The Covid-19 pandemic continues to alter life as we know it in America and around the globe. Catanese and Wells is committed to researching the latest information from the federal and state government to put all of the clients we represent in the best situation possible. Recently, our founder, Randy Catanese Esq., was asked to comment on the latest tax deferment news from the Federal government in the American Horse Council Tax Bulletin.
The news came in the middle of March as there was an emergency declaration pursuant to the Stafford Act from President Trump. In the wake of the emergency declaration, the Internal Revenue Service and the U.S. Treasury Department provided guidance, which allows all non-corporate tax filers to defer up to $1 million of federal income tax payments due on April 15 2010 and July 15th of 2020 without risk of interest or penalties. The news out of the IRS and U.S Treasury Department also stated that corporate taxpayers could take advantage of a similar deferral of up to $10 million of federal income tax payments. The initial guidance in March didn’t push back the April 15th deadline, but it was later pushed back by the federal administration to July 15th of 2020.
Randy Catanese was excited for the opportunity to shed more light on the subject for those curious of how this news impacts the equine industry at large. Catanese explained that the Tax Cuts and Jobs Act (“TCJA”) enacted in late 2017 increased the amount of Bonus Depreciation from 50% to 100% of the purchase price for property placed in service after September 27, 2017 and before January 1, 2023, so long as the property is eligible. In other words, the deferral payment system has already been established in the Equine industry.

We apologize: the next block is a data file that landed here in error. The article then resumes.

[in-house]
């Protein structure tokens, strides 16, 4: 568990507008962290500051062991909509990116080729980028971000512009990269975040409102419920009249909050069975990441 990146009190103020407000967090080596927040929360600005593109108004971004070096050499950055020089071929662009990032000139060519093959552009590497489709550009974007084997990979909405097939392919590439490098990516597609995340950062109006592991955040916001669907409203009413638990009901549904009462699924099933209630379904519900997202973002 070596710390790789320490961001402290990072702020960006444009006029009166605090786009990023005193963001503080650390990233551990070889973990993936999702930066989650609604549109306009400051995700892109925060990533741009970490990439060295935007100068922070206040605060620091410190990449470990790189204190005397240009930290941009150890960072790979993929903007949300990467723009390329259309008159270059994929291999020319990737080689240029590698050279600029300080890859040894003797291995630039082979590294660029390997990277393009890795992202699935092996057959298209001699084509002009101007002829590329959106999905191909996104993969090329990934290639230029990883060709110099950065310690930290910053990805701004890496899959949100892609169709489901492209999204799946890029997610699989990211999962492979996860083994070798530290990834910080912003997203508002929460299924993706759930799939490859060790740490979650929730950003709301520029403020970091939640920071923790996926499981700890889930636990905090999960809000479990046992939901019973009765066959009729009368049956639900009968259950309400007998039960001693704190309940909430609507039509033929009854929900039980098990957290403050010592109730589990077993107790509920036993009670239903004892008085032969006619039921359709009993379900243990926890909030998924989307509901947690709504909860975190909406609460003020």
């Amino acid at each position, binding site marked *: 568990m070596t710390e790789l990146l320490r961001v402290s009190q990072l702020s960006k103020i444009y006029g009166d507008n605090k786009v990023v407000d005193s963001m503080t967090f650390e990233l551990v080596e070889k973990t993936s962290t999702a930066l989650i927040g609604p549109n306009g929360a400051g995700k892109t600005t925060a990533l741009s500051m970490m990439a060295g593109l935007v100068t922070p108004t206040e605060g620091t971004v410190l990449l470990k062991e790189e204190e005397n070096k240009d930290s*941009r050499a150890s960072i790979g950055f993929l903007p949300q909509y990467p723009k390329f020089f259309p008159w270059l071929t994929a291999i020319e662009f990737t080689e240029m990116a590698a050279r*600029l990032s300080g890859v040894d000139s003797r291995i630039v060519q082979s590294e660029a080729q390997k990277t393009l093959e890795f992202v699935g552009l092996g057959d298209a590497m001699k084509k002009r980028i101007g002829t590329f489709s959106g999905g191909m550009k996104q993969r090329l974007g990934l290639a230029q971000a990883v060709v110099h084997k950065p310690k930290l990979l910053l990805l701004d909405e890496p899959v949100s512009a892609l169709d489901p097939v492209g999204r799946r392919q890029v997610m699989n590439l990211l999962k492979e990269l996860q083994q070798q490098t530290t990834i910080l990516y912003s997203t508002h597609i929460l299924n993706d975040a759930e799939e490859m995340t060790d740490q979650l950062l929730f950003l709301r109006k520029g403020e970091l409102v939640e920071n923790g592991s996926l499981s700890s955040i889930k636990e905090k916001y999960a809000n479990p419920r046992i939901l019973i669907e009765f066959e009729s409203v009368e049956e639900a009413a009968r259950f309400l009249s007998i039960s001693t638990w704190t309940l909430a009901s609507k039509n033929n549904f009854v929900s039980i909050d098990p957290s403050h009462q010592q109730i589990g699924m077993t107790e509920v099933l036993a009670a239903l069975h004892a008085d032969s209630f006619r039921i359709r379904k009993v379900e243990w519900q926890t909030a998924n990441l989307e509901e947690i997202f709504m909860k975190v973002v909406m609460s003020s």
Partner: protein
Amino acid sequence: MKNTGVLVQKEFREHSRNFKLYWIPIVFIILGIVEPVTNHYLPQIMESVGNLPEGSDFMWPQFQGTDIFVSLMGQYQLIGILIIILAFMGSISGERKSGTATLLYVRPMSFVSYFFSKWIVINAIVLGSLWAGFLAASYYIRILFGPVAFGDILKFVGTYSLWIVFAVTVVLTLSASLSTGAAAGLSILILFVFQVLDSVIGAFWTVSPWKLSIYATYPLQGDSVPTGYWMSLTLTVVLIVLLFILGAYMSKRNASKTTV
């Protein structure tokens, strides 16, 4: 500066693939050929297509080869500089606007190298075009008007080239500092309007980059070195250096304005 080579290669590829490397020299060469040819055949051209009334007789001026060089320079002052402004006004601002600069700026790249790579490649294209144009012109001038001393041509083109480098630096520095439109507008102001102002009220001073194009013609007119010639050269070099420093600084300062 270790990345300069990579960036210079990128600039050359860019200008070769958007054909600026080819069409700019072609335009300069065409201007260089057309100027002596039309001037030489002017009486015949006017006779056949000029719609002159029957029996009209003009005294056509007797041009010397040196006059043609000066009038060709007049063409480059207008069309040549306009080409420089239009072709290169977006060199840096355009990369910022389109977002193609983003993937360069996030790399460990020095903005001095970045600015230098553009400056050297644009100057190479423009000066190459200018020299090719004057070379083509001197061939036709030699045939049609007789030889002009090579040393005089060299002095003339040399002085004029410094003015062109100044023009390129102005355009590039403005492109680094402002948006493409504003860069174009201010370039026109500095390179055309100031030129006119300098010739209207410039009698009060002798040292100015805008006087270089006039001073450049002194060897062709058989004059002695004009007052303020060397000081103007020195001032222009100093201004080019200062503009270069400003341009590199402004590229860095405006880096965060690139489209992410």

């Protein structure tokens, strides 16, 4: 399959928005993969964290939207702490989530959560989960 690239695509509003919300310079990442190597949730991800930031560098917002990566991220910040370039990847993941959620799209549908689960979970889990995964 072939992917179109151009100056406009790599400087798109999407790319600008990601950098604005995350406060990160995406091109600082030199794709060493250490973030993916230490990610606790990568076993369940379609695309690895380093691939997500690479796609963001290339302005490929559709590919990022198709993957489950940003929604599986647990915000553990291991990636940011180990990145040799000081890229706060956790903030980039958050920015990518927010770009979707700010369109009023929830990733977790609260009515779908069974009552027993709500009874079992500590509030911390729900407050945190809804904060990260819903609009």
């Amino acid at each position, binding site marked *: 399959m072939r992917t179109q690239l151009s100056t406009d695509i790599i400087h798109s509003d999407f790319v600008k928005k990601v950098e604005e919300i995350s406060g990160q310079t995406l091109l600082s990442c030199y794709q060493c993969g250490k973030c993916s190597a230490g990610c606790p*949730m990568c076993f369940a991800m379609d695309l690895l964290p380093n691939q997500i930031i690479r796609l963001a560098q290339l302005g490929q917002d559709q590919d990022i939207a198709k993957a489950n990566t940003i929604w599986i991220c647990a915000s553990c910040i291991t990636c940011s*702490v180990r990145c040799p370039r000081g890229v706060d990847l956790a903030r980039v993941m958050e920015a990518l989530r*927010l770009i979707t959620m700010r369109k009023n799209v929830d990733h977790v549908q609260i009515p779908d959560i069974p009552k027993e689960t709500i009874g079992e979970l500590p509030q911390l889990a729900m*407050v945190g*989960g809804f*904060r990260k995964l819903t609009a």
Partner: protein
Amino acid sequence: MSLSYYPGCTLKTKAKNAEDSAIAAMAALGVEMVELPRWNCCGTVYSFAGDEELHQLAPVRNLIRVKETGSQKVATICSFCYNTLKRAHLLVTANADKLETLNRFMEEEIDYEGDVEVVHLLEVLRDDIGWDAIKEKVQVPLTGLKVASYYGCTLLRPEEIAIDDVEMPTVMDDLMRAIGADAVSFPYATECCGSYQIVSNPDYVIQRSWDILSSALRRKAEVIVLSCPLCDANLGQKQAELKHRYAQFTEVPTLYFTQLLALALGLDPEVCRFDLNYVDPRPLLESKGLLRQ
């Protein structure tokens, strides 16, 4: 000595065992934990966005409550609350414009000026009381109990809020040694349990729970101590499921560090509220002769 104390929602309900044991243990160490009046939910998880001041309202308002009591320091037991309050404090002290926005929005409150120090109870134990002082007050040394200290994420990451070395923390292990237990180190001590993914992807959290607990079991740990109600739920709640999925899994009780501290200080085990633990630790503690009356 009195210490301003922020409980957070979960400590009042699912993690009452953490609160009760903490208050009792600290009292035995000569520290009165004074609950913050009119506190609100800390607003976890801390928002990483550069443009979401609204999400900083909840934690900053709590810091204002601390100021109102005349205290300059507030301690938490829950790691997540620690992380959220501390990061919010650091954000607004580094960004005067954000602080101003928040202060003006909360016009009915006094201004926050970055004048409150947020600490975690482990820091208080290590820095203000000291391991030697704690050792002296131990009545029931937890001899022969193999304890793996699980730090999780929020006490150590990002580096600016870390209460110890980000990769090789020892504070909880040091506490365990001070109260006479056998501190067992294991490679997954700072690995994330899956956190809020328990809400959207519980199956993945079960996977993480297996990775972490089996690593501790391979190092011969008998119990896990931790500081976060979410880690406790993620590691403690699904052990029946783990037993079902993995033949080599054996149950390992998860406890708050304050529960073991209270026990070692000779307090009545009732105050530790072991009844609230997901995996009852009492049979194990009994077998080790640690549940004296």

Catanese went on to explain in the American Horse Council Bulletin that “to qualify, these horses must be used predominantly within the United States. Other property to be eligible must have a recovery period of 20 years or less under the Modified Accelerated Cost Recovery System. The asset must be “placed in service” during the tax year where the bonus depreciation is claimed by the taxpayer. Under the TCJA the IRS was directed to promulgate regulations related to Section 168(k) of the Internal Revenue Code, as amended.”
As always, the incredible team at Catanese and Wells is available to assist you with all of your equine industry related legal issues. Reach out today with any questions you may have!